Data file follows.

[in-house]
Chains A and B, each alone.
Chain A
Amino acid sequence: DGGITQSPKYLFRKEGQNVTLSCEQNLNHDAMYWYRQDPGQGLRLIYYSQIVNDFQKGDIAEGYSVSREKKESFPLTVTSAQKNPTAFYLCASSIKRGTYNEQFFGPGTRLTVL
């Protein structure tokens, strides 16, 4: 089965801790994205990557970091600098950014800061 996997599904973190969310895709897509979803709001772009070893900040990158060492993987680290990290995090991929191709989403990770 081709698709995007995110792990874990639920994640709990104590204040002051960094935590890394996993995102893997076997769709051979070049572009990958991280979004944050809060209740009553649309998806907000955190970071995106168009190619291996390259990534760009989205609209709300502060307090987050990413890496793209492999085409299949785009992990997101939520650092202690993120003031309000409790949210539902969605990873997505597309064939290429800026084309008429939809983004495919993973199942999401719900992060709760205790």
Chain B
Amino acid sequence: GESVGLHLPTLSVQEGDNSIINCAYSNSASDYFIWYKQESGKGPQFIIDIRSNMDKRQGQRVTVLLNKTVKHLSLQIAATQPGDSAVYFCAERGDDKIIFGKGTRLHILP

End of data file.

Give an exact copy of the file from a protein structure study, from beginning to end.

[in-house]
Chains A and B, each alone.
Chain A
Amino acid sequence: DGGITQSPKYLFRKEGQNVTLSCEQNLNHDAMYWYRQDPGQGLRLIYYSQIVNDFQKGDIAEGYSVSREKKESFPLTVTSAQKNPTAFYLCASSIKRGTYNEQFFGPGTRLTVL
């Protein structure tokens, strides 16, 4: 089965801790994205990557970091600098950014800061 996997599904973190969310895709897509979803709001772009070893900040990158060492993987680290990290995090991929191709989403990770 081709698709995007995110792990874990639920994640709990104590204040002051960094935590890394996993995102893997076997769709051979070049572009990958991280979004944050809060209740009553649309998806907000955190970071995106168009190619291996390259990534760009989205609209709300502060307090987050990413890496793209492999085409299949785009992990997101939520650092202690993120003031309000409790949210539902969605990873997505597309064939290429800026084309008429939809983004495919993973199942999401719900992060709760205790």
Chain B
Amino acid sequence: GESVGLHLPTLSVQEGDNSIINCAYSNSASDYFIWYKQESGKGPQFIIDIRSNMDKRQGQRVTVLLNKTVKHLSLQIAATQPGDSAVYFCAERGDDKIIFGKGTRLHILP